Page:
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Saturday, August 30, 2014

52 Ancestors: Julia Ann Sievert Hork, 1910 Census

I’ve written about Julia Ann Sievert before for Fearless Females and you can read it here.

Today for 52 Ancestors, I would like to write about the information I learned about her from the 1910 census.[1]

1910 Ravalli Co MT - Julia A Hork-crop
1910 Ravalli Co, Montana census for Julia A. Hork household

The Julia A. Hork household lived on Seventh Street; however no house numbers were listed. Julia was listed as head of household with six children. She was 54 years old and a widow. Comparing that age to the known birthdate of 31 Oct 1854, her age was off by one year.[2]

Although it is unknown who gave the information for this census, it probably was Julia herself. Ten children were listed as being born with nine still living. This is more accurate than the previous census which listed seven children born and seven living (the seven who were listed in the census). Julia had ten children, five girls and five boys. Her oldest daughter, Maria Catharine “Mary” died 28 Sep 1895 in Portland, Oregon.[3]

Julia was listed as being born in Illinois of German immigrant parents. She spoke English and had no occupation. Four adult children were living with her: Albert who was the deputy clerk for the County Court; Carrie who was a saleslady at a dry goods store; Tony who was a freight clerk for the steam railroad; and Raymond who was a printer for the newspaper. Urselle was 18 and Cyril 10, who both attended school.
Julia did not own the house she lived in.

Looking at the birthplaces where her children were born, the family traveled quite a bit. Two were born in Illinois, two in Iowa, one in Oregon, and the youngest in Montana.

More information about the family can be found in the 1909 and 1911 city directories.

1909 Dir - Hamilton - Horks p 502-crop fam
1909 entry for Hamilton, Montana

In 1909, five entries were listed as living with Julia Hork: Albert J as the Deputy County Clerk and Recorder at the Court House; Anthony as a baggageman with the N.P. Ry [Northern Pacific Railway]; Carrie as a clerk at the Valley Mercantile Company; and Raymond as a foreman with the Western News.[4] The ad for the Valley Mercantile Company was on page 435 and said the company sold general merchandise both wholesale and retail.

1911 Missoula & Hamilton Dir - Horks p 377-crop fam
1911 entry for Hamilton, Montana

The 1911 directory listed six Hork members.[5] The additional person was Urselle who now worked as an operator with the Montana Independent Telephone Company. The family also lived at 506 South 5th Street now. Albert was now the County Clerk and Recorder and his brother, Tony was the Deputy Clerk.

By the 1920 census, the record indicated that Julia owned the South 5th street residence free and clear.[6] Perhaps her children helped her purchase the home.

This indicates that I should look into researching land records in Ravalli County, Montana for this purchase and what happened to it after Julia’s death.
 

[1] Montana, Ravalli, 1910 U.S. census, pop. schedule, Hamilton, ED 86, sht 19b, dwelling 370, fam 425, Julia A Hork household, digital image, Ancestry.com (http://www.ancestry.com: National Archives and Records Administration, n.d.),.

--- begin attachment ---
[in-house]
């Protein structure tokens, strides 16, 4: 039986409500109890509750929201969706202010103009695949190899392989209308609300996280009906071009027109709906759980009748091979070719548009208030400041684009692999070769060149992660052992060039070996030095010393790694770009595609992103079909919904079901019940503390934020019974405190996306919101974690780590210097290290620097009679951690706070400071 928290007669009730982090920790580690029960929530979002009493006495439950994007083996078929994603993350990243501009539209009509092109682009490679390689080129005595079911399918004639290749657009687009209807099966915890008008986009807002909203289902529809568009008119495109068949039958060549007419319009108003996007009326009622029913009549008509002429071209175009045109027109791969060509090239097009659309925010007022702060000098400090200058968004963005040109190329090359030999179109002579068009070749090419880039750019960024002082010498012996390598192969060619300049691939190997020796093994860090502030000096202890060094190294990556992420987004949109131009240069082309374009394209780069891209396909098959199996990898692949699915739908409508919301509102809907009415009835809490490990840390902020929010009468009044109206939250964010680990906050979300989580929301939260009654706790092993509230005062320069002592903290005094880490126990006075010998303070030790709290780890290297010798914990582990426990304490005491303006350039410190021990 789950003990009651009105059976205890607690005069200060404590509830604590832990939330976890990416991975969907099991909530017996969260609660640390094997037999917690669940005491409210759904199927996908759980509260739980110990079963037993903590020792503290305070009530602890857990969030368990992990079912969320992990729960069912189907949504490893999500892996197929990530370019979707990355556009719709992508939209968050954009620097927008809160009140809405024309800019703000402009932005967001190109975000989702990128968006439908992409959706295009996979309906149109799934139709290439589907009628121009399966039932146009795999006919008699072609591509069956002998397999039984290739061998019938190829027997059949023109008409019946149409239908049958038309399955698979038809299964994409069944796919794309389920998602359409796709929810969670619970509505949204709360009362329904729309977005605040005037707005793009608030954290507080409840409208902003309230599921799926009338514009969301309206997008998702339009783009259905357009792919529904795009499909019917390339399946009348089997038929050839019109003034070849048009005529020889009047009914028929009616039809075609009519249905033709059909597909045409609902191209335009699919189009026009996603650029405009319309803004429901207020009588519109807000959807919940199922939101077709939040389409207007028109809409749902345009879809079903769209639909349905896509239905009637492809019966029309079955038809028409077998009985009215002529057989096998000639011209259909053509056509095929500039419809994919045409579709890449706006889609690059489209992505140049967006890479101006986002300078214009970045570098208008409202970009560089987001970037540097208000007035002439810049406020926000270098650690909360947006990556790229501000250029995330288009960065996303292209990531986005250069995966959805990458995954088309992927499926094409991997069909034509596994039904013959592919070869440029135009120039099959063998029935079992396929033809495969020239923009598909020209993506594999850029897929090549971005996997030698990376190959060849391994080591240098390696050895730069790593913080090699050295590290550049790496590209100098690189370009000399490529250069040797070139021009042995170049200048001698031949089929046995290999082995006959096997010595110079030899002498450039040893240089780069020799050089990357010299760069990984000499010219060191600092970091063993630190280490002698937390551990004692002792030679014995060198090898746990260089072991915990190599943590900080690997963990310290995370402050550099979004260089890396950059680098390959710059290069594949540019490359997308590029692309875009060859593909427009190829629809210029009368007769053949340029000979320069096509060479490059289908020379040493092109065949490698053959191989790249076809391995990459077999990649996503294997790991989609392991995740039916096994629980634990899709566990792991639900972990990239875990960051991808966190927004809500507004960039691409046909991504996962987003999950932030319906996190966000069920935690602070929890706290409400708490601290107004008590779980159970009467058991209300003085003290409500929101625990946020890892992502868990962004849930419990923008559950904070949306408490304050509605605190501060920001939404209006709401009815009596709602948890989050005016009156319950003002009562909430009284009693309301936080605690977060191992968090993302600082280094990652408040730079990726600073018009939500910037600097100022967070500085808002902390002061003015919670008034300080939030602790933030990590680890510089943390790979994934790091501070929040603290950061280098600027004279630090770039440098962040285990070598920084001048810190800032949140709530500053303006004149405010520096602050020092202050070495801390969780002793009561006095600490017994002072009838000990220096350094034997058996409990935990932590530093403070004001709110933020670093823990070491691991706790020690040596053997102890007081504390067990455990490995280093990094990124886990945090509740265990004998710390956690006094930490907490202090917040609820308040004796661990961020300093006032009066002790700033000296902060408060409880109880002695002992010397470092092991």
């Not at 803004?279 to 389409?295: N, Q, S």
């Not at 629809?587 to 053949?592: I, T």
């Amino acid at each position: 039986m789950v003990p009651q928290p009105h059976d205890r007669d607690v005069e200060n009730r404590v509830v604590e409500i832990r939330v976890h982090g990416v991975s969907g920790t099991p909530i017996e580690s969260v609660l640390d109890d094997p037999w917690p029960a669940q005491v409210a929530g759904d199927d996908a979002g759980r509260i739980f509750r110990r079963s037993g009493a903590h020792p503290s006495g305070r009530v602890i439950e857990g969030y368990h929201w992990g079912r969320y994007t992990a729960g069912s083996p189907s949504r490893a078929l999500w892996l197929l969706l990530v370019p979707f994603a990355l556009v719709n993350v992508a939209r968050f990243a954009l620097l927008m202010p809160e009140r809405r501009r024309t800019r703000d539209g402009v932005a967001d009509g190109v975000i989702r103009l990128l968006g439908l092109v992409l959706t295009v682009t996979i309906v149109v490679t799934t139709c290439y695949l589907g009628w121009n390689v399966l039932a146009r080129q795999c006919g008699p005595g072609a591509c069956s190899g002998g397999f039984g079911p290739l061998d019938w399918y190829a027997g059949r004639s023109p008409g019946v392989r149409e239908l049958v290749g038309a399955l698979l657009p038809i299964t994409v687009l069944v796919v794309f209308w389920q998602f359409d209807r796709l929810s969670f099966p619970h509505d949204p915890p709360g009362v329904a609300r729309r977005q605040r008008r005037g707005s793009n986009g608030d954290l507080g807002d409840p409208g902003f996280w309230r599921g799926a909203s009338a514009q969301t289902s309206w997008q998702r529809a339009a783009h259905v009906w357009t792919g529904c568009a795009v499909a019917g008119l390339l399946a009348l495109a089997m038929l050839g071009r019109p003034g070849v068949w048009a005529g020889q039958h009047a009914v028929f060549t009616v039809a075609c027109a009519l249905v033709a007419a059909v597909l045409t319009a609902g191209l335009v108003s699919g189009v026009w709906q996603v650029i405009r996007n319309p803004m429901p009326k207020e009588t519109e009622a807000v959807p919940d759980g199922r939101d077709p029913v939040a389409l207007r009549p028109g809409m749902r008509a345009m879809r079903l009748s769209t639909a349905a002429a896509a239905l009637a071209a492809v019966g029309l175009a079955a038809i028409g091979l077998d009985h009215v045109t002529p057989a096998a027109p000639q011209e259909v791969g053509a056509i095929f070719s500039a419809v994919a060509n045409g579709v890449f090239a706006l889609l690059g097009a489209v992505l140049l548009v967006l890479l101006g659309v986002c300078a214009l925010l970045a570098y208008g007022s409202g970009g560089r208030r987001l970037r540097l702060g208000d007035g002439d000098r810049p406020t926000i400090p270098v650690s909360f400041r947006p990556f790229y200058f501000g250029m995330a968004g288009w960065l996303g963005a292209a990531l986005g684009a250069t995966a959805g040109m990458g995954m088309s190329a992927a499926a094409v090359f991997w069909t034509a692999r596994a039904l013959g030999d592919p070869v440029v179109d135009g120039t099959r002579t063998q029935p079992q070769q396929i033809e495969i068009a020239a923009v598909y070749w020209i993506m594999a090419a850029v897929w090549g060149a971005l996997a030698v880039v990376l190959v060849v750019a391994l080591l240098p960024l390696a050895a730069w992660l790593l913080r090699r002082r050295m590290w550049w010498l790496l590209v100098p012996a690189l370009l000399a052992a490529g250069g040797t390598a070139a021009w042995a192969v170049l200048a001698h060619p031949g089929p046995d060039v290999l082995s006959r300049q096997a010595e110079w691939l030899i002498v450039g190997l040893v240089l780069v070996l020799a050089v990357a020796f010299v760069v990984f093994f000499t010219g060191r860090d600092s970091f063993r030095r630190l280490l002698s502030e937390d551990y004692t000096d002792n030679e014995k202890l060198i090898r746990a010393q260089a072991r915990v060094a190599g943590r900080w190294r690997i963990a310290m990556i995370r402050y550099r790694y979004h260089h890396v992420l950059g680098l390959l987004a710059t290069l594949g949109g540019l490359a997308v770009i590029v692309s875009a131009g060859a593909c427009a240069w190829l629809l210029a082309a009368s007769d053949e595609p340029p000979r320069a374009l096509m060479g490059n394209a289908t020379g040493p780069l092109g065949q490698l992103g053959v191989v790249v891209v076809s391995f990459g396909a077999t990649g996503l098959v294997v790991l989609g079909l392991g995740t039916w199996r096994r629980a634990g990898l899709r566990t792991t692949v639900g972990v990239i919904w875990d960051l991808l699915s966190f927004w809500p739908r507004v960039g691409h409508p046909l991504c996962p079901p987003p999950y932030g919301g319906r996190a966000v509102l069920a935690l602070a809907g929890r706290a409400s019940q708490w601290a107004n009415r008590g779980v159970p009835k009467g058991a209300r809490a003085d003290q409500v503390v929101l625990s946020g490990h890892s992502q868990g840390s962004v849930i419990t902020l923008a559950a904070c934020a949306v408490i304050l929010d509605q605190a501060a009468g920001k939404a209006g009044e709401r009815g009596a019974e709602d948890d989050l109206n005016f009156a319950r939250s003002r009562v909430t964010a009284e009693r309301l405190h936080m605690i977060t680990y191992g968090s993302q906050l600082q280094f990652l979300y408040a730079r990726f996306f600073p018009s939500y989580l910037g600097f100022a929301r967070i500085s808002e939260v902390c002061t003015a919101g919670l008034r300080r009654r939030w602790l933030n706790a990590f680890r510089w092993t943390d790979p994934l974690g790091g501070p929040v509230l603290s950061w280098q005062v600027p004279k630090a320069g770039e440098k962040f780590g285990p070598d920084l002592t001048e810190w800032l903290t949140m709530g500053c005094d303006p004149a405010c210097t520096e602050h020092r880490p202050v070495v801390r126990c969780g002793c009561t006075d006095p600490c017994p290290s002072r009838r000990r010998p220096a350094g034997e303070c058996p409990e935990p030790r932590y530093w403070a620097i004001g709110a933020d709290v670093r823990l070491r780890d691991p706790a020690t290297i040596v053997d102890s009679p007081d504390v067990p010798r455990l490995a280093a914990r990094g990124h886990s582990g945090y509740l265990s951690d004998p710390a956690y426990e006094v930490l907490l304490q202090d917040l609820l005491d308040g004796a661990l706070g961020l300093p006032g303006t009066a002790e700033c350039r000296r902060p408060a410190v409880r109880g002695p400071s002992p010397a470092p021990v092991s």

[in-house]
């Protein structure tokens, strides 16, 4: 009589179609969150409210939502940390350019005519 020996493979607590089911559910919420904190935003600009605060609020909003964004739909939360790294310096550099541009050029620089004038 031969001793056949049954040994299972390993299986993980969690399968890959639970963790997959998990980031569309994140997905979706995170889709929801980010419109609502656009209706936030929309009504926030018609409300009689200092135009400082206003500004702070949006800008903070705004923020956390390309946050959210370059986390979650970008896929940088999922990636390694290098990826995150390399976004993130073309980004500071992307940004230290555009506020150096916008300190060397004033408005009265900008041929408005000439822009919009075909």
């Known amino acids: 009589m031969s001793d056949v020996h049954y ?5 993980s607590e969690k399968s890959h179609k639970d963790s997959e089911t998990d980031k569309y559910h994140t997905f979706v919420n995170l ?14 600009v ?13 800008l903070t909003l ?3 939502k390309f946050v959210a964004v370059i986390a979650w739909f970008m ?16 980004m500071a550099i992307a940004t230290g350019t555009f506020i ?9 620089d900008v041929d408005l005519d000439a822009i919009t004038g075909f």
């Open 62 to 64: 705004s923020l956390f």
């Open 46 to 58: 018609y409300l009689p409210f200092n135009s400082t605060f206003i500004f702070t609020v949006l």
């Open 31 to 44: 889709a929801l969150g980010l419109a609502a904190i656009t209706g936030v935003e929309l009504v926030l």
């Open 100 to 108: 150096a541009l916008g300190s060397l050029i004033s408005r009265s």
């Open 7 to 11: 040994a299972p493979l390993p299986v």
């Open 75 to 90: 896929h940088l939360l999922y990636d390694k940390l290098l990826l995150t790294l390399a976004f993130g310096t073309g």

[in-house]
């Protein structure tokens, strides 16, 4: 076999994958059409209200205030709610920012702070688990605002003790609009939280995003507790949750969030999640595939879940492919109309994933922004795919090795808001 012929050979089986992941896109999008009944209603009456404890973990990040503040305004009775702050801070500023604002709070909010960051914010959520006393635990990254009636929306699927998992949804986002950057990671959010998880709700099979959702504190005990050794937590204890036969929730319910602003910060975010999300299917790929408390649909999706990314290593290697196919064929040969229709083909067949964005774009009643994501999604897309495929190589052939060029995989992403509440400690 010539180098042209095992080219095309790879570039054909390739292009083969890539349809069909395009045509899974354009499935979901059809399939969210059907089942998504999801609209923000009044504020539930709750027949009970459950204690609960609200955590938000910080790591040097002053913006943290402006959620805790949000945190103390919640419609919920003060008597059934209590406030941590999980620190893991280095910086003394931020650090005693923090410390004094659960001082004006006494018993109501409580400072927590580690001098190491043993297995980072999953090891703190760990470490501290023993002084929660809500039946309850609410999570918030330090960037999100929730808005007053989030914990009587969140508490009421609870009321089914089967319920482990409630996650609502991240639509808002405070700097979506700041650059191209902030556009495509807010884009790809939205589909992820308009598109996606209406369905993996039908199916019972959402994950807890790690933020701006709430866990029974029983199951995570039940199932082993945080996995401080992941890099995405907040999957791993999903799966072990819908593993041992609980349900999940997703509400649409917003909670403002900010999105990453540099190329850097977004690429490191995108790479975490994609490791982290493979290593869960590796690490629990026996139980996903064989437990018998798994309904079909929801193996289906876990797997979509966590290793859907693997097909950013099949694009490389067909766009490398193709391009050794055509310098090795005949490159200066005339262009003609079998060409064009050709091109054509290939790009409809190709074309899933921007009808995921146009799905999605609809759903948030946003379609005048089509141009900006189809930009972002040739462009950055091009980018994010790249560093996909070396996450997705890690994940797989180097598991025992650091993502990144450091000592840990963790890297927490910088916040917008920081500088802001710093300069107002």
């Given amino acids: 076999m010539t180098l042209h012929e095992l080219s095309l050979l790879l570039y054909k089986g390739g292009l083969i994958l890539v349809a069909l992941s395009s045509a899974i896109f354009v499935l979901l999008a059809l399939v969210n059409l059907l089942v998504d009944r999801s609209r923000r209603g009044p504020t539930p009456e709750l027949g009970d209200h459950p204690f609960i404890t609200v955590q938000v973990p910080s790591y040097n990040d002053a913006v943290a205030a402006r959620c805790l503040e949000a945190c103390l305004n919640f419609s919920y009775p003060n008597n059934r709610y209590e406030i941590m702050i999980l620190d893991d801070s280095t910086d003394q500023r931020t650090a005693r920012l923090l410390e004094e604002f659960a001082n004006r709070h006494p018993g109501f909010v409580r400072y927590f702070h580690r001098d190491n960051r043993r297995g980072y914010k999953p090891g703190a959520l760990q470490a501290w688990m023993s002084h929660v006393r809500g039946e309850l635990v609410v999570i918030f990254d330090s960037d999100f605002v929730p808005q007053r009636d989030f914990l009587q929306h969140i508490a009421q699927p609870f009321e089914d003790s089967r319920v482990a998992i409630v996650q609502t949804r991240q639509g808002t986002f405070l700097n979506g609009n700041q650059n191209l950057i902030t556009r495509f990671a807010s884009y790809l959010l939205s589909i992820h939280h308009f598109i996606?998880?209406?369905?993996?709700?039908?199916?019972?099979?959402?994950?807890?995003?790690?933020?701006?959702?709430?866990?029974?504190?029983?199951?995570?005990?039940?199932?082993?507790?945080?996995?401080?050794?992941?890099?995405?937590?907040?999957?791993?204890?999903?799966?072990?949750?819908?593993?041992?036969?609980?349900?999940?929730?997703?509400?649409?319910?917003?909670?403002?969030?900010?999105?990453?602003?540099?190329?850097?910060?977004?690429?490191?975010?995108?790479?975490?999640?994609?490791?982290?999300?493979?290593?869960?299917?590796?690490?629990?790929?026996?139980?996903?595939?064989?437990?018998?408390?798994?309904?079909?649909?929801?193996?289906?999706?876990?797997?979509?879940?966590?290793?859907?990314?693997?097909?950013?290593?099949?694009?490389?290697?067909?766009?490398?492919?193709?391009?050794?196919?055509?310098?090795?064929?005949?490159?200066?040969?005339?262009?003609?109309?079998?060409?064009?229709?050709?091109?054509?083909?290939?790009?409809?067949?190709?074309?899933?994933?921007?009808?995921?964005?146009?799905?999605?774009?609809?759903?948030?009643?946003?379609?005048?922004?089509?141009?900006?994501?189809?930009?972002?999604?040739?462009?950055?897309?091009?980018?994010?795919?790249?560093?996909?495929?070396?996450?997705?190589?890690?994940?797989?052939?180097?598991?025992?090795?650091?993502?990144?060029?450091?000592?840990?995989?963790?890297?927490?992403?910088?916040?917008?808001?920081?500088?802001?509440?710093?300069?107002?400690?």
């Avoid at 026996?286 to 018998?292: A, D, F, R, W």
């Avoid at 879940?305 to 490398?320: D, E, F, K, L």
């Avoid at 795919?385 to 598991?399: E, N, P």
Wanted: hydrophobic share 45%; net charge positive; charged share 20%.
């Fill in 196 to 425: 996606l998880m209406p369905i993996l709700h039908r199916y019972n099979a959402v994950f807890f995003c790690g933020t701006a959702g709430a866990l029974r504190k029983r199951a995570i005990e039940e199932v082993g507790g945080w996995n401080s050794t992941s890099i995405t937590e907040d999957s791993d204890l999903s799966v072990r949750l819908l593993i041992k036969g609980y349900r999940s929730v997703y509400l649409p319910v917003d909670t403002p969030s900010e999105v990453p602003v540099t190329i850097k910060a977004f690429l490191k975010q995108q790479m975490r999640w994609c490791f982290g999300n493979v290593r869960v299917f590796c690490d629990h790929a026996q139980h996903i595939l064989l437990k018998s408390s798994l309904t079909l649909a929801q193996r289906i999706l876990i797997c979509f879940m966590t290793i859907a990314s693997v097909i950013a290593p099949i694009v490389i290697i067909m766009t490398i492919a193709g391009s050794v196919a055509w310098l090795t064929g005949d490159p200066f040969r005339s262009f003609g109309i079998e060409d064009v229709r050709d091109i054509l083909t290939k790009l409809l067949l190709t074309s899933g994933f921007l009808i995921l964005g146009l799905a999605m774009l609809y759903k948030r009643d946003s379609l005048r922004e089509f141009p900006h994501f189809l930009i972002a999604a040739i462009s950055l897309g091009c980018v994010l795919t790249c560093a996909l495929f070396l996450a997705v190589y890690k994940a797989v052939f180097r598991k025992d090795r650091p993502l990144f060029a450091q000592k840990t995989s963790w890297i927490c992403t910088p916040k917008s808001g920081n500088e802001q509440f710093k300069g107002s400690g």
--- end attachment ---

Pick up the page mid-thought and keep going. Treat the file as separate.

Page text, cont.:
[2] Montana Bureau of Vital Statistics, Death Certificate for Julia Ann Hork (Certificate), RAV 940, Ravalli Co, Julia Ann Hork.
[3] Multnomah County, Oregon, Death Certificate, 1895, Mary Hork; Oregon State Archives, Salem, OR.
[4] Missoula and Hamilton City Directory, R.L. Polk & Co, 1909, p 502, Julia (wid John) Hork, digital image, Ancestry.com (http://www.ancestry.com : accessed 29 Aug 2014).
[5] Missoula and Hamilton City Directory, R.L. Polk & Co, 1911, p 377, Julia (wid John) Hork, digital image, Ancestry.com (http://www.ancestry.com : accessed 29 Aug 2014).
[6] 1920 Federal census, pop. sched., Ravalli Co, Montana, Hamilton City, ED 182, sht 12b, dwelling 281, family 315, Julia Hork household, digital image, Ancestry.com (http://www.ancestry.com : accessed 29 Aug 2014), citing NARA T625, roll 975.




















Friday, August 29, 2014

52 Ancestors, Anna Marie Sullivan - The College Years

This is week 19 of the “52 Ancestors in 52 Weeks Challenge” by Amy Crow from No Story Too Small.  I am a bit behind but intend to catch up.

Anna Marie Sullivan was my paternal grandmother. She was born 15 Oct 1892 in Anaconda, Deer Lodge County, Montana to John H. Sullivan and Anna Marie Gleeson, the last of six children.[1] She was baptized at St. Paul’s Catholic Church in Anaconda on 19 Oct 1892.[2]

She was very fortunate to attend the Montana State Normal School where she excelled in extracurricular activities of Glee Club, tennis, basketball, and as a member of the yearbook staff.[3]

The Montana State Normal School was founded 1893 and was for teacher training.[4] In the beginning it was a three year program but later expanded to a four year. Other subjects were added and the school was renamed Western Montana College. Today it is part of the Montana University System.
Montana_State_Normal_College,_Dillon,_Montana
from http://en.wikipedia.org/wiki/University_of_Montana_Western
She was fortunate because her mother had died in 1912 while she was away as a freshman at school. During that year in 1912, her oldest sister, Nellie married and her sisters, Loretto and Ethel moved to Portland to live with their grandparents for a year. That left brother, Jack at home. Perhaps their father could manage on his own.

Our family has a copy of the yearbook called Chinook and there are many pictures of her in the 1914 edition when she was a senior. Could it be because she was on staff? I think not, because most of the photos depict her in the various club activities and of course her senior picture. On the Chinook staff she held the position of Assistant Wit and Humor Editor, which made perfect sense since my grandmother was always very witty.

On the basketball team, Anna was listed as a forward. The 1914 team won 6 games and lost none.